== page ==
Music videos are the only visual connect an audience has to the artist. Which makes its making all the more important and a responsibility that only the most trusted are shouldered with. In this country especially, music videos haven’t been explored to their fullest potential. One such director has been surprising all of us with absolutely stunning work in the field, showing us the power behind the combined medium of film-making and music.
Misha Ghose has been the talent behind several lauded concepts in the world of indie music videos. She’s worked alongside quite a few pioneering artists born out of India’s independent scene including the likes of Parekh & Singh, Dualist Inquiry and Your Chin. The dream-like sequences that each of their unique sounds have been translated into, stands testament to her unquestionable skills as a director and almost everyone would agree, have been throughly enjoyable. But has she always wanted to get into directing music videos? Yes and no.
'I’ve always loved films and music and to be able to do something that involves both is really ideal. I’ve grown up watching music videos that have awed me, some that have puzzled me, others that have made me laugh or think or just allowed me to get more involved with the song – and I guess It makes me happy that I get to make them now. Is it something I’d like to do exclusively – no. I would want to always make music videos but I’d like to make other stuff as well.'
Parekh & singh
I Love You Baby, I Love You Doll
Her style has been experimental from the beginning, whether it was the fun, stop-motion concept for Your Chin’s Who Would have Thought or the impressive animation for the artist’s Fighting the Sumo video - every frame rendered on the slides of Powerpoint and Keynote. Her more recent works include the surreal, hair-raising-in-a-good-way Violet for alternative-electronica artist Dualist Inquiry. Evidently, her style tugs on several concept strings, which makes us wonder how she makes sense of a chosen approach in relation to the specific music video which usually is a collaborative process involving the respective artists.
'It stems from how they visualise their song and then from there we just let the song take us in whatever direction it has to. With music videos it’s a blank page when you start; you can fill it with anything and that really is the fun part. It could be a story or abstract imagery or just something that make sense to nobody other than you. The approach really depends on the song and the artist that you are collaborating with and of course the budgets available.'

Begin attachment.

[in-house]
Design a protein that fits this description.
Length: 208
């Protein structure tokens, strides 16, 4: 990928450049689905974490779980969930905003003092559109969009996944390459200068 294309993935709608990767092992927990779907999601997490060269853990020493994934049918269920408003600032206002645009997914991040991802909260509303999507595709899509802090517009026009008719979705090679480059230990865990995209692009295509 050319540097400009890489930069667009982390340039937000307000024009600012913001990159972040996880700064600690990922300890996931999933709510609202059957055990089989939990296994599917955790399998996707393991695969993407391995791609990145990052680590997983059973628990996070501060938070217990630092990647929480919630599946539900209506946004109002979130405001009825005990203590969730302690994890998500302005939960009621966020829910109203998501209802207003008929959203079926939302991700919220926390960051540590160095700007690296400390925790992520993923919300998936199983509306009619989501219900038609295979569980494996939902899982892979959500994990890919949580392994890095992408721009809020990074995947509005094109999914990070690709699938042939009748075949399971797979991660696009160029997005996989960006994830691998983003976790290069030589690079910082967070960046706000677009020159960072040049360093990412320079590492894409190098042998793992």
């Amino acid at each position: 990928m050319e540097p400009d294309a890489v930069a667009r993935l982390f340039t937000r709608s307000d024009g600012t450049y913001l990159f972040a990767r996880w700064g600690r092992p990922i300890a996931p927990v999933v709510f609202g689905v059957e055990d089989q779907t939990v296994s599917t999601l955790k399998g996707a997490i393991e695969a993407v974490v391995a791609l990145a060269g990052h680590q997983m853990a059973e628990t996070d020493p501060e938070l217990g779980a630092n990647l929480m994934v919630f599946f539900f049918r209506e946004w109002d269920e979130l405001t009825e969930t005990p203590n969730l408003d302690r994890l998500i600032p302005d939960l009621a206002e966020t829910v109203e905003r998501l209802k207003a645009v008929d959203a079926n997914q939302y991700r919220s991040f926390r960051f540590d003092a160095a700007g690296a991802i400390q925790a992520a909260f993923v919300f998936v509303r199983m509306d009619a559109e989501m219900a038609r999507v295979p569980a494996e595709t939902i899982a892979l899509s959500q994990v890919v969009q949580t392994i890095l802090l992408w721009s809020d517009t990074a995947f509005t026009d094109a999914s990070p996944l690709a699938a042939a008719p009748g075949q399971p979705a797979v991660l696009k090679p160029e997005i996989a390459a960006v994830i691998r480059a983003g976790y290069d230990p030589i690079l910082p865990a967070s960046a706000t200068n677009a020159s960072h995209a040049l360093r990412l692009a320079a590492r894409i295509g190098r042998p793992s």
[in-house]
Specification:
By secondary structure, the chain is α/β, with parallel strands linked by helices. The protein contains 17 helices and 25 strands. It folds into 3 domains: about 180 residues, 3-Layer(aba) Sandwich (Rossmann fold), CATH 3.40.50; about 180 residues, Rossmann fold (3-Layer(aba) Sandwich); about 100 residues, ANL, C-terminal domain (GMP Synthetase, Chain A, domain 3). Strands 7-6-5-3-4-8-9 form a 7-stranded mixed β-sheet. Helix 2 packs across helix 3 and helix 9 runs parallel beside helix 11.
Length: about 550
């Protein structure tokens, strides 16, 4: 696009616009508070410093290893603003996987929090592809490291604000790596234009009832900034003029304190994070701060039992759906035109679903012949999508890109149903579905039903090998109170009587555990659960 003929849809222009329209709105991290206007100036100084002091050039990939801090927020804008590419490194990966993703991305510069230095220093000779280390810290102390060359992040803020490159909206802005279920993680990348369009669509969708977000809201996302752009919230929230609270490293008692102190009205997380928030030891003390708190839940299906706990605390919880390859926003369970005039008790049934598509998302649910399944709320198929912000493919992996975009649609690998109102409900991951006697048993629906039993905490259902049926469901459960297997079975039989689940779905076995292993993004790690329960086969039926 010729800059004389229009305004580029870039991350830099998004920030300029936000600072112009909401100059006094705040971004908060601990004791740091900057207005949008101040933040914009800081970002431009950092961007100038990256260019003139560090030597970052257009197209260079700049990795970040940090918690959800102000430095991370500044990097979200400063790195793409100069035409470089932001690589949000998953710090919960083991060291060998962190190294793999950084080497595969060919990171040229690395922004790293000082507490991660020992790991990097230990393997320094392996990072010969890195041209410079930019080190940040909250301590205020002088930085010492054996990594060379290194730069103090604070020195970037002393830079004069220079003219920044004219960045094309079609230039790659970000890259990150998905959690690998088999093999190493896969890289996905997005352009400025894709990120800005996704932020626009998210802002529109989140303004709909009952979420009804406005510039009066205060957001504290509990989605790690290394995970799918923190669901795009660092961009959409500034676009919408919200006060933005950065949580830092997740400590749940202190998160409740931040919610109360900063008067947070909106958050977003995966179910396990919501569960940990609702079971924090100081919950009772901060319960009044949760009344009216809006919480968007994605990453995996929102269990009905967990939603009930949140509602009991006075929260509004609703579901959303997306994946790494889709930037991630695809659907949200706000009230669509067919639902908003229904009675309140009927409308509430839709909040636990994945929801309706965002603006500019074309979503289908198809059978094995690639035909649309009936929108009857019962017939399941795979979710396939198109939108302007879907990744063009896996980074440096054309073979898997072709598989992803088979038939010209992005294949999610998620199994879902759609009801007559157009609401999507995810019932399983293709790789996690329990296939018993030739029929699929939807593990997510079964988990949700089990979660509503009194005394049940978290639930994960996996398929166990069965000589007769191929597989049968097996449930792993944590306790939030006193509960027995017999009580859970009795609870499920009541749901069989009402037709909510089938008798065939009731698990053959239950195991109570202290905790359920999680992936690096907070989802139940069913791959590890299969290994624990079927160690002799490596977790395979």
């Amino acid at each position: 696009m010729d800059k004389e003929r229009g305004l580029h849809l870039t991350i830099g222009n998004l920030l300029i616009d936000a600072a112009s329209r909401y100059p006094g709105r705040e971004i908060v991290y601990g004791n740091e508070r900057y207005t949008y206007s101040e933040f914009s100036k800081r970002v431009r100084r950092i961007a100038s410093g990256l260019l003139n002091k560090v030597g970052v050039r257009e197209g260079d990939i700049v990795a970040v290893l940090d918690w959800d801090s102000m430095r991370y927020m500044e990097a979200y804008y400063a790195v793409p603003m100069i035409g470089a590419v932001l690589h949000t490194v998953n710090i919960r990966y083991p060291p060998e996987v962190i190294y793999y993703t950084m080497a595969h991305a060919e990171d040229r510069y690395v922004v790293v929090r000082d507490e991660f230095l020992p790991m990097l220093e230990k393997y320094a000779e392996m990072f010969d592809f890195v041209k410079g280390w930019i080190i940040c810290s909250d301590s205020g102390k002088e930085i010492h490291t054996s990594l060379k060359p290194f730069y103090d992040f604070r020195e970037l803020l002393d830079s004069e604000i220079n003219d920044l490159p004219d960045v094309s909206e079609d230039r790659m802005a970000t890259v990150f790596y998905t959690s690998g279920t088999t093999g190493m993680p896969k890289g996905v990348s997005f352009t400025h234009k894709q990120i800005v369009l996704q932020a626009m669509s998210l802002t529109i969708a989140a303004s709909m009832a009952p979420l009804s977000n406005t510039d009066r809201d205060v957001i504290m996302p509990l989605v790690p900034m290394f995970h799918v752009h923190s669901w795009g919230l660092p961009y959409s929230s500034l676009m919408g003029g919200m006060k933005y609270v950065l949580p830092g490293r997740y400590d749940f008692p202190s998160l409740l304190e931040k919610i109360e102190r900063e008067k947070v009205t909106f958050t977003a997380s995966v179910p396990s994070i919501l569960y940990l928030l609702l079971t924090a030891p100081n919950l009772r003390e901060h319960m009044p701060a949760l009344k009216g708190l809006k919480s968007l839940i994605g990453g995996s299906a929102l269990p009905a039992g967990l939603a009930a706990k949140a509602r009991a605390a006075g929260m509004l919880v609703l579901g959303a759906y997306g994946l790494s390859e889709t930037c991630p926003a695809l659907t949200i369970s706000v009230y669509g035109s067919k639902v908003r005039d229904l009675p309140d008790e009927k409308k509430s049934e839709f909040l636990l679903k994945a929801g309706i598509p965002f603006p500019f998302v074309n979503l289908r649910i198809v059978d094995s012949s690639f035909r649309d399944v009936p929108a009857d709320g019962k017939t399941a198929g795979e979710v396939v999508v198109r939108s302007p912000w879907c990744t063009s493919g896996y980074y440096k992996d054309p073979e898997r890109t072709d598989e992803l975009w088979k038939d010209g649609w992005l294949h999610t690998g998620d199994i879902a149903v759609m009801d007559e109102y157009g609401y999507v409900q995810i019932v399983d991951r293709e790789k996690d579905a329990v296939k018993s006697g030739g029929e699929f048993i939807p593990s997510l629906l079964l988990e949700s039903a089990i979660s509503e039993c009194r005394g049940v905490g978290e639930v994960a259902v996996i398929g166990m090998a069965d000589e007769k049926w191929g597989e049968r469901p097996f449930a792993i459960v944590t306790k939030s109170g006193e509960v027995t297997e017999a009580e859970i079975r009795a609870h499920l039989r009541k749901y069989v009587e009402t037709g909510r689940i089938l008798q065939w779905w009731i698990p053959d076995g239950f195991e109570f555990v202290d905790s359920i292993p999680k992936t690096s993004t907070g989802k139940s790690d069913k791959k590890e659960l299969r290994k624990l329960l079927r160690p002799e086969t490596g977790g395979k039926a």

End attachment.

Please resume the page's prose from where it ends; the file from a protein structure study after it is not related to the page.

Misha on the set of Who Would Have thought
Everybody fell in love with the feel-good and almost magical charm that I Love You Baby, I Love You Doll exudes and were rewarded with even more of the same with Parekh and Singh’s latest music video for Ghost. Everyone including Wes Anderson, whose influences are unmissable in both. The filmmaker happens to be just one of the many notable visionaries who’s work she’s always admired and inevitably looked up to.
'I don’t know if they influence my style really – but there are many directors whose work I really love. I’m a huge Michel Gondry fan. There’s also Spike Jonze, Nabil, Hiro Murai. They all do amazing work,' Misha adds as she gives us a little glimpse into the making of the duo’s latest music video.
'Ghost could have been a regular love story but we decided we wanted it to be a love story between a little girl and her lost dog. We all love dogs and we’ve all lost dogs and felt really really sad. We didn’t want anyone watching Ghost to feel sad; we wanted it to be an adventure. I really enjoy working with kids, having them on set makes everything so silly and light. Prarthna, the little girl we shot with was great. She kept wanting to climb trees and run around. The same crew that worked on I Love You Baby, I Love You Doll worked on Ghost as well – so it was fun and a lot easier making it. We shot it over two days, in the outskirts of Calcutta.”
With the videos for I Love You Baby, I Love You Doll and Ghost clearly running quite a few similar elements between them, the overall look and tone for the dream pop duo seems to be shaping up a certain way. It raises the question of whether this is an intended pattern for future videos, one that their audience will be identifying the artists with for a long time. 'This is the look the duo has intended for themselves. Even within this look and tone, there’s really so much that can be done and it’s quite exciting to think of what's next.' Misha adds.
The extended question this poses, is about the true extent to which a music video is meant to fit in with the personality of its artists and whether the director feels restricted by this or more of the opposite. 'The music video is an extension of the artist and of course it should fit their personality. And if the personality is interesting enough there’s so much you can do with it. I don’t really feel restricted by it, I honestly feel it gives you an interesting framework to work within and to experiment with and go to all the possible places with it. And as the artist grows, as they should – so will their visual style.'
Lastly, Misha shares a few thoughts on today’s indie music video culture and its entire scope. Especially in India, where from the looks of it, we do have quite the journey ahead of us. 'The independent music industry in India is at an extremely nascent stage. It’s growing slowly but it definitely has a really long way to go. It is heartening that more and more artists are creating videos that are experimental and fun and not just using the age-old formulae; but budgets are still tight and artists are still struggling, so yes, there is a lot of space to grow until it actually becomes an organised industry that is churning out world standard music videos.'
Find more of Misha's work here.
Text Shristi Singh